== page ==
• Tasks (work packages, stories, code reviews…) are used to track work to do.

By separating these two categories, it is possible to create two dimensions one along the release management dimension and a second along the project management dimension. Some use cases

Use Case 1:
1 issue, multiple tasks in a single team.
Use Case 2:
1 issue, multiple tasks in multiple teams.
Use Case 3:
Multiple issues, single task

A first example of separating out issues from tasks where multiple tasks are linked to one issue, is depicted in following figure. An issue is only solved, if and only if all related tasks have been solved.
Typical example is where one issue needs to be solved on multiple branches.

Another example is when a single issue needs to be handled by multiple teams. Each team can manage its own schedule, without the need to duplicate the issue.

A third example where the "separation of specifications from tasks" makes sense is when multiple bugs related to the same root cause. Solving the root cause, will address all of the related issues.

Solution applied

Types of projects

To implement this model on JIRA, we define 2 types of projects: Release projects and Team projects.

  • A release project is used to track specifications (such as bugs, improvements and so on). The fix version in a release project denotes a release number (such 2.0, 2.3-patch2) Listing all issues solved in a release will be very simple..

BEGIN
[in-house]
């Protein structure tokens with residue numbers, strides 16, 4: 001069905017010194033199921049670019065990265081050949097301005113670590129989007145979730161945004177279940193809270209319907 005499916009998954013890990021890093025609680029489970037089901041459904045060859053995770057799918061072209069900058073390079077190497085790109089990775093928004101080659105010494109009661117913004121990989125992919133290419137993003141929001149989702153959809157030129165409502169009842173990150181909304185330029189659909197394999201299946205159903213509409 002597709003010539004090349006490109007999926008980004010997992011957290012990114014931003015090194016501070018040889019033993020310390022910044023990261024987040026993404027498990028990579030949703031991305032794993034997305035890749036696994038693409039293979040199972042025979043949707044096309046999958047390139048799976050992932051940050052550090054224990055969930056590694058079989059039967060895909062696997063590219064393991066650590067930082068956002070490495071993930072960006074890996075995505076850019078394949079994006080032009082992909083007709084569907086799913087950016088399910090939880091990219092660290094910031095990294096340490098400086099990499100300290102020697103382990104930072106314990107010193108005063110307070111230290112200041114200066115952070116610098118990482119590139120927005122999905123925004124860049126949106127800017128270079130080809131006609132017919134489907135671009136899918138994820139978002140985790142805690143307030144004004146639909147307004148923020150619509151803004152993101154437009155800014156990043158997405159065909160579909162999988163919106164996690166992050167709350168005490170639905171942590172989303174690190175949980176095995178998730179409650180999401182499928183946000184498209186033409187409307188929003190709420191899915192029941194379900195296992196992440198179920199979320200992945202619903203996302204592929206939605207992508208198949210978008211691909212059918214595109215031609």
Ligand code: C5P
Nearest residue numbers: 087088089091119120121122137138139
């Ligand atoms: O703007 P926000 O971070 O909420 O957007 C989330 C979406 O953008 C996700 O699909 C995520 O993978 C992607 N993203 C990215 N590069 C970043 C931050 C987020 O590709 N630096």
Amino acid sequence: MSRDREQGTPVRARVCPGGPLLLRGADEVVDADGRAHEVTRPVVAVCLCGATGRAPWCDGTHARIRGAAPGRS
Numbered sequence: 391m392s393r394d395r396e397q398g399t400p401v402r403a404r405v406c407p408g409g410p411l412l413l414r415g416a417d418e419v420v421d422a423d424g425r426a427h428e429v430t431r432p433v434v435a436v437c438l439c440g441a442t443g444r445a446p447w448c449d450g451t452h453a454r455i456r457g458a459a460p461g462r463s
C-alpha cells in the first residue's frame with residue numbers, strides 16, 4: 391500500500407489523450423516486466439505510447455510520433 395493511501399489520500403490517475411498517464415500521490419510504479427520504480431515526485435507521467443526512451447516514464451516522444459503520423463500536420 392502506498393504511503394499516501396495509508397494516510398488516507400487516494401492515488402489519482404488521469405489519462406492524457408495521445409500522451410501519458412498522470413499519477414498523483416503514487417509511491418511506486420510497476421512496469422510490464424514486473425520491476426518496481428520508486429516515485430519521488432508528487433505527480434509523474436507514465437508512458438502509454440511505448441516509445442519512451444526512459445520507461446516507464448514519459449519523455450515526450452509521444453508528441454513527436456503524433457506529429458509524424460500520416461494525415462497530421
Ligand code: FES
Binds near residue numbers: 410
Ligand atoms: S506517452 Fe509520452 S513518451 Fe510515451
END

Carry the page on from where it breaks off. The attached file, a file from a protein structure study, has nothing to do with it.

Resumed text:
• A team project is used to track work to do in the form of tasks, work packages, stories, and so on.

The fix version in a team project denotes a period (such as sprint 10, beta period,...) and is used to group all tasks that needs to be completed in such a period.

Linking issues to tasks

Using the link feature of JIRA, release issues will be linked to tasks to be executed. An issue is considered to be 'in progress' once that work on one of the tasks linked to that issue has been started. An issue is considered to be resolved, once that all the tasks linked to that issue have been finalized.
The relationship between issues and tasks is automated as part of the solution applied by iDalko. This automation supports following functions

  • Auto transition a release issue to 'In progress' once that work on a related task has started.
  • Auto transition a release issue to 'Resolved' once that all work on all related tasks have been completed.
  • Auto transition a release issue back into 'in progress' if additional, unresolved tasks are linked to the release issue.


The benefits of separating specifications from tasks should be clear. By managing both issue categories in a separate way, it is possible to improve overall software development activities, including release management and project management.
The use of JIRA in combination with the applied automation, provides a cost effective environment to realize a 'multi dimensional issue tracking' tool.

More information

Please contact us for more information how this model can be applied for your software development, or for a demonstration of the setup.